The longer, the better (sometimes)

All my recent talk of book launches and anniversaries has left me thinking about what I’ve achieved as a writer and what I still want to achieve. If I think of my career in terms of how a farmer manages their fields, then I’d say I’m currently in a fallow period after a couple of pretty decent harvests. I caught the crest of two waves originally when I a) started publishing independently before most others, and b) wrote about zombies just as the living dead became massively popular. And then, a few years later, I enjoyed another prolonged purple patch when Guillermo del Toro somehow stumbled on a copy of HATER and, for a time, everyone wanted a bit of me.

But writing is a fickle, unpredictable business. Just ask my friend Joseph D’Lacey who recently posted this brutally honest piece about his career.

For those of us who just happen to love writing and who hate self-publicising with a passion, being an author is not the easiest of career choices. You keep doing it because you can’t stop, and with every page you write you convince yourself that this could be the next big thing, even though you know that competition to actually be the next big thing is impossibly fierce. And then when you’ve finished writing and you hand your work to someone else to read, all the confidence you’ve built up evaporates and turns to crippling self-doubt. Well it does for me, anyway.

A frustrating amount of this is completely out of the writer’s control. You don’t control the market, you have no influence on current trends, you can do little to make sure yours is the right book seen in the right place at the right time… and yet, we keep at it. Sometimes even the very thing you’re trying to write can conspire against you.

I’m sitting on a pile of unfinished projects, and if I’m honest, they’re stopping me from moving on. There’s 17 DAYS which I spent years writing and which genuinely fried my brain, and there’s KAI, a YA monster novel which ticks all the plot and action boxes but which currently misses the mark in terms of characterisation and voice. And there’s THE SPACES BETWEEN – a huge science-fiction/horror series which I first pitched to my agent in 2010 but which I’ve so far made no progress on other than two drafts of the first book. I swear, that one in particular is waiting for this Brexit bullshit to be concluded (so it might take some time). It’s set in a fiercely independent, totally corrupt, totally money-orientated, totally fucked UK, so I’m guessing it’ll pretty much start writing itself any day now!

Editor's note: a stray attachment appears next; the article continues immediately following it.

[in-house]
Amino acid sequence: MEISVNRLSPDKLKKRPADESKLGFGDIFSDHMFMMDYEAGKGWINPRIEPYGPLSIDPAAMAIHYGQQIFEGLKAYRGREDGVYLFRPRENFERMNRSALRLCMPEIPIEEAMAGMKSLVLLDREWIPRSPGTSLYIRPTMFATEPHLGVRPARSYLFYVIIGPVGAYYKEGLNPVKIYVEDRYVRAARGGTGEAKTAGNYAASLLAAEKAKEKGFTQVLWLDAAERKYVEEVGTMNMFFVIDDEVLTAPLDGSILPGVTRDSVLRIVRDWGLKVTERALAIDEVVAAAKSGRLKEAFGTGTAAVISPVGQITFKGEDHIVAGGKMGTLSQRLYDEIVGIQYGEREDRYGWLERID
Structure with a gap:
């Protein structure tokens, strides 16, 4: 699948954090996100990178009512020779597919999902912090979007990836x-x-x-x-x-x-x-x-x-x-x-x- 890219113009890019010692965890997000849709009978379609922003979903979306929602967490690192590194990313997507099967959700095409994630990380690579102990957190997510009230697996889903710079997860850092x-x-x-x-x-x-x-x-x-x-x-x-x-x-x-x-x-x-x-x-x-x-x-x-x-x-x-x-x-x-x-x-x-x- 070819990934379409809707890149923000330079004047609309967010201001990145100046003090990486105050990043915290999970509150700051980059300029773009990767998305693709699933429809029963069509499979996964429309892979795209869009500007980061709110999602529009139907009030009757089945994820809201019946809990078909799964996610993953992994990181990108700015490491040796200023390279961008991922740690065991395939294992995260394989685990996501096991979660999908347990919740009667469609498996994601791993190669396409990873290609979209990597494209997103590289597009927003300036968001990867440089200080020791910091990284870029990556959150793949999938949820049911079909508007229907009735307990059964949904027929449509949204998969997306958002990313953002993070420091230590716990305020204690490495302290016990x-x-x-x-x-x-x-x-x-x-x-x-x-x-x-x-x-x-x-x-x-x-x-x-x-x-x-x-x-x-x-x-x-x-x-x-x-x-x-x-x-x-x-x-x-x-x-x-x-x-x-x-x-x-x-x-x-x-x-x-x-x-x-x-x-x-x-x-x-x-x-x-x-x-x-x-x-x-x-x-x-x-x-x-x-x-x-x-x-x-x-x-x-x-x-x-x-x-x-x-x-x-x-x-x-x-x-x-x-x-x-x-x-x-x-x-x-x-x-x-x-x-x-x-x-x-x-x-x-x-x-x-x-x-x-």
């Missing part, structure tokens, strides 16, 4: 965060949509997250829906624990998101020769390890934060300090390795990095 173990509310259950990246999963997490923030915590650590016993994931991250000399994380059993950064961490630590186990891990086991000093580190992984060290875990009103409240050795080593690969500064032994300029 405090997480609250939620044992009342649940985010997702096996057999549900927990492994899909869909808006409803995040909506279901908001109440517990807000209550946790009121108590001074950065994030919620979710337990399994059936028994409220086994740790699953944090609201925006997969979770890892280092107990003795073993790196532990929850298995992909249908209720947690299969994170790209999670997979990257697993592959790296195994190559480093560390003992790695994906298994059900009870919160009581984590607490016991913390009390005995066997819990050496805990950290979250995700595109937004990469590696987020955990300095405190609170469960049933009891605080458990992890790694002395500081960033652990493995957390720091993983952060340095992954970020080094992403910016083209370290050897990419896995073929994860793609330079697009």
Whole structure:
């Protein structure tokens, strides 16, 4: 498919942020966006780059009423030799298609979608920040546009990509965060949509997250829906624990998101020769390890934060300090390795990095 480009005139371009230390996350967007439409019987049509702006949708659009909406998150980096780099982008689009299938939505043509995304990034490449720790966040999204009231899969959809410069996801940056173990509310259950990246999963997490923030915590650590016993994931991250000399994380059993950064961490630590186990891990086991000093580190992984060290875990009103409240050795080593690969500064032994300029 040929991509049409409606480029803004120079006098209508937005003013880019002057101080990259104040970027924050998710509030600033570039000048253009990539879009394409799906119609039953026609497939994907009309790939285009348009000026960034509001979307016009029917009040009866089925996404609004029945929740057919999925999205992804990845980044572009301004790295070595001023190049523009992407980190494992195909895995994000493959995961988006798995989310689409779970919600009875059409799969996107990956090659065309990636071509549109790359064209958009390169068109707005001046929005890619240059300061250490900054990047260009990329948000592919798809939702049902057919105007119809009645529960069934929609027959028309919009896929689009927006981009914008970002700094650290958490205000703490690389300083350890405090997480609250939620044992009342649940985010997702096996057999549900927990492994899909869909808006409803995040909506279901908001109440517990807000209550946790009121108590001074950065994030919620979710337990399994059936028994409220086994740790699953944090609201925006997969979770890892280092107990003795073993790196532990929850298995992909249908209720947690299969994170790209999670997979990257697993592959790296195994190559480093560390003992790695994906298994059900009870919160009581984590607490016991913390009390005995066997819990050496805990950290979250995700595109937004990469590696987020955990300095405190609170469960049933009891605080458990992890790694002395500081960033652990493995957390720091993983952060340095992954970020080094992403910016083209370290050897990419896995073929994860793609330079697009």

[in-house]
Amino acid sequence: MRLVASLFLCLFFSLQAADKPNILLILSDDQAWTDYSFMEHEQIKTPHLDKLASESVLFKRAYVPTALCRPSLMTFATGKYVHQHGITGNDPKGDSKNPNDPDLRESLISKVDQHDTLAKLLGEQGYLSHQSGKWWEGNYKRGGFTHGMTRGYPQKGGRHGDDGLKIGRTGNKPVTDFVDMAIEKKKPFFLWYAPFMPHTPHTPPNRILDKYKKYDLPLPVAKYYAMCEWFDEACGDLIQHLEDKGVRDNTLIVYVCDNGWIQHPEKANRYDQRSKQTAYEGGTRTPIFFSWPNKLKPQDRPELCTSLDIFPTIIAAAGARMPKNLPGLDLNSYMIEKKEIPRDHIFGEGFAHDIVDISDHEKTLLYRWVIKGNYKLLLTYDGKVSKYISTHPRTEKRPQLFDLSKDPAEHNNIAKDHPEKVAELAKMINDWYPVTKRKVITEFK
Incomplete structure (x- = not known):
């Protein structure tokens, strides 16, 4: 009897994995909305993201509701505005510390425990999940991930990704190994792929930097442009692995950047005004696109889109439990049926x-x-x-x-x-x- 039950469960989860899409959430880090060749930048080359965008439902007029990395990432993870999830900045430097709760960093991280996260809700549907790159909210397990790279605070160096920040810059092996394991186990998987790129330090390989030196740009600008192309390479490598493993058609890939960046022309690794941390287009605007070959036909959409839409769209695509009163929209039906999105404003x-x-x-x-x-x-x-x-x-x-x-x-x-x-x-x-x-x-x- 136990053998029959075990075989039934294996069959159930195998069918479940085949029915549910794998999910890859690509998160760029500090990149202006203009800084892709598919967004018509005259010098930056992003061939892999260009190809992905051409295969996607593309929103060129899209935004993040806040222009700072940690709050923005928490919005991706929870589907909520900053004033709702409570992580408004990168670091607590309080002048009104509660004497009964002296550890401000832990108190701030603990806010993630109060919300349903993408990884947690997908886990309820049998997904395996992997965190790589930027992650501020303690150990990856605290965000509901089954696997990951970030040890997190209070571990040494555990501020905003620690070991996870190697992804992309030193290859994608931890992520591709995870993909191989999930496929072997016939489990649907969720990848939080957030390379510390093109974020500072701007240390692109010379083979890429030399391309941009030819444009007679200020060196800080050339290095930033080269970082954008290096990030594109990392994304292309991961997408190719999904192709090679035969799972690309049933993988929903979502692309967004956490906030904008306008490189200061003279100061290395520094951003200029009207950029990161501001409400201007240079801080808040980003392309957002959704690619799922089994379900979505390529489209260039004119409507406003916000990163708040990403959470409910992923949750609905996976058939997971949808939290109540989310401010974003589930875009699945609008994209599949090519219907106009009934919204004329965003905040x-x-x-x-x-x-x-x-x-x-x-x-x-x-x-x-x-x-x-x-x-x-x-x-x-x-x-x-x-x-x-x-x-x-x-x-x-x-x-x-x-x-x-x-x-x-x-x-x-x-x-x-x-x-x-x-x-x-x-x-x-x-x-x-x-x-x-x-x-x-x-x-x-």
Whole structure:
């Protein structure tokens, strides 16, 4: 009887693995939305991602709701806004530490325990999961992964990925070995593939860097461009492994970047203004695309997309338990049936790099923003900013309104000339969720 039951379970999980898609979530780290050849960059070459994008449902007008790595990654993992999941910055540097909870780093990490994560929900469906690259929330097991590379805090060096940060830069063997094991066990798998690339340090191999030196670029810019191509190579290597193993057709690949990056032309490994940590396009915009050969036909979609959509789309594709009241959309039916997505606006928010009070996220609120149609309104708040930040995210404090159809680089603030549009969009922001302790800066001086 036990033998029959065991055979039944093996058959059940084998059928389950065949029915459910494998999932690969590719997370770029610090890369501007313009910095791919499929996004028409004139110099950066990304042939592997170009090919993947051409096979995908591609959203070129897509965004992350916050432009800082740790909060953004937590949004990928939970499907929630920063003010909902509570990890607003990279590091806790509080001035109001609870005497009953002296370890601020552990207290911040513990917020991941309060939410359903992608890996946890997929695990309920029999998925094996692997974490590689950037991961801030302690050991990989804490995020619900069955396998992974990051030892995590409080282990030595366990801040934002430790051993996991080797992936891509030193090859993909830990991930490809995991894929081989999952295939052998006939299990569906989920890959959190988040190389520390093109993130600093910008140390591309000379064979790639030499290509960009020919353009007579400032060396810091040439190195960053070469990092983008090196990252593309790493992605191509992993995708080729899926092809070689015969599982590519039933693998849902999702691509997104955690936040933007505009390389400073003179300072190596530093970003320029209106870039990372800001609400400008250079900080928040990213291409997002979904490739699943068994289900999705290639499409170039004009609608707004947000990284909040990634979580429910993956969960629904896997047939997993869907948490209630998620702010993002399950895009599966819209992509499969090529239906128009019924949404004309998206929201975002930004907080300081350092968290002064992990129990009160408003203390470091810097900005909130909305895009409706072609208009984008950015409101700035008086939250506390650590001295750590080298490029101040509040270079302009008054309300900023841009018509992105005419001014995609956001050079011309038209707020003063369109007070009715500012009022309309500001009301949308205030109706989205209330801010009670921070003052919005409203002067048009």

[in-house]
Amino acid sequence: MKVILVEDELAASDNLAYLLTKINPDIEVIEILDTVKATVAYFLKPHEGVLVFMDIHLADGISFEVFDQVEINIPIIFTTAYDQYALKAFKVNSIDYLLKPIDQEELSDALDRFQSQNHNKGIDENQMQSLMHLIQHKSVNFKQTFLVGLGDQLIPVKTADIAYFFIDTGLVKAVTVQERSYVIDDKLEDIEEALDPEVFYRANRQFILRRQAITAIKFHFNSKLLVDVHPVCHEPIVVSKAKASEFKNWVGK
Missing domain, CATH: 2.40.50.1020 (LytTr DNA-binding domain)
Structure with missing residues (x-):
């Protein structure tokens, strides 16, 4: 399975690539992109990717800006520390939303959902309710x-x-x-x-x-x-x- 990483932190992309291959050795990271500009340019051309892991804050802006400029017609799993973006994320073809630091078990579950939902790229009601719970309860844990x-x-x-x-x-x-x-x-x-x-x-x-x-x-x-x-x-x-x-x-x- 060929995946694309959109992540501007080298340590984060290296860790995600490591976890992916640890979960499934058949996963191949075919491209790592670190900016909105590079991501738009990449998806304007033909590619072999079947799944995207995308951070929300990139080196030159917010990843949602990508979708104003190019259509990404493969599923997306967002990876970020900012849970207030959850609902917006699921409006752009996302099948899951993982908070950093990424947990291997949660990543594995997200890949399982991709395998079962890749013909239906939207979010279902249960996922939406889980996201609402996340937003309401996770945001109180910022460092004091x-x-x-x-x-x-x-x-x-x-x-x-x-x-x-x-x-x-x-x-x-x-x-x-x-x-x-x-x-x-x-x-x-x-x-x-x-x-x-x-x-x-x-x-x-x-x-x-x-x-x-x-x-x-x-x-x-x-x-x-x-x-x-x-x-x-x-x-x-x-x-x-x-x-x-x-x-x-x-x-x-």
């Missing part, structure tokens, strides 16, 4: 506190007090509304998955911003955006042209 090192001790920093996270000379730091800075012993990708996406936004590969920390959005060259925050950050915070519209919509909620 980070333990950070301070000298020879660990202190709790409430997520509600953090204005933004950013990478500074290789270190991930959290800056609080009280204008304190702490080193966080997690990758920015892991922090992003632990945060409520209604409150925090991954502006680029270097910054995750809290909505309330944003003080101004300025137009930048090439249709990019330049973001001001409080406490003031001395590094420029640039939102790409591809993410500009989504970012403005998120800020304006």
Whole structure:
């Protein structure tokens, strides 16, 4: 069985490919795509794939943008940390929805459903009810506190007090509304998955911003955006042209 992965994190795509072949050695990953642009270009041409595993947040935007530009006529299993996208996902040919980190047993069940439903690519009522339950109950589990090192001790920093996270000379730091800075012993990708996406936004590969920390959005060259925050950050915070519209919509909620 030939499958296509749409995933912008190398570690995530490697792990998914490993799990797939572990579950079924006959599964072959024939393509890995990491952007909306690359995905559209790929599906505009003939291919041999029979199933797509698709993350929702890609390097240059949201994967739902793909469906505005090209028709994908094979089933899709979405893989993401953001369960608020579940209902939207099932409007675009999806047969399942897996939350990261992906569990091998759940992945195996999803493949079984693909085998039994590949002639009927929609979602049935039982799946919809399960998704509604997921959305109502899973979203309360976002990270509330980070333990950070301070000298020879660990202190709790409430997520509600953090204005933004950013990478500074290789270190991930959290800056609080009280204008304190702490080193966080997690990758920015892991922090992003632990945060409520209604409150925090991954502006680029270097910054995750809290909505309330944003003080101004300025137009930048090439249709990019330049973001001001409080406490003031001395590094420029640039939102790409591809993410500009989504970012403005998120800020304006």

So, what’s the point of this post? I guess it’s both a type of therapy in confessing all of this, and also an explanation as to why some books I’ve announced haven’t yet appeared. But they will. I’m still actively working on ALL of the projects I’ve mentioned above, and I intend on seeing them ALL through to completion. You see, going back to the farming analogy, the first signs of a new crop are beginning to peek up through the soil. It just takes a little patience, persistence, and time.

In January I released THE LAST BIG THING, a collection of odd tales which seem to have gone down really well with readers. I wrote three new stories for the book including WE WERE SO YOUNG ONCE. Quite a few readers have mentioned how that one in particular has affected them, and that’s really gratifying. I can clearly remember where I was when I first had the idea for it (running through Halesowen, February 2009), and it took a decade for me to be in the right place and the right frame of mind to actually get it written. The same was true of AWAY WITH THE FAIRIES, which I couldn’t have written if I hadn’t spent endless hours with my Dad in hospital just before he passed away in February 2016, and then my mother-in-law before her death in October 2017. Both events helped shape the story from the germ of an idea to something complete (and, I hope, unsettling).

You can’t force these things, I’ve learnt. You just have to keep sowing and ploughing and fertilising and reaping etc. This has been an extremely long-winded way of saying two things. One – there are loads more Moody books on the horizon: a bumper crop on the way. Two – please buy THE LAST BIG THING. It’s cheap, beautiful, and I’m very proud of it. I think you’ll have a lot of fun using it to try and piece together the inner workings of my frazzled brain.

 

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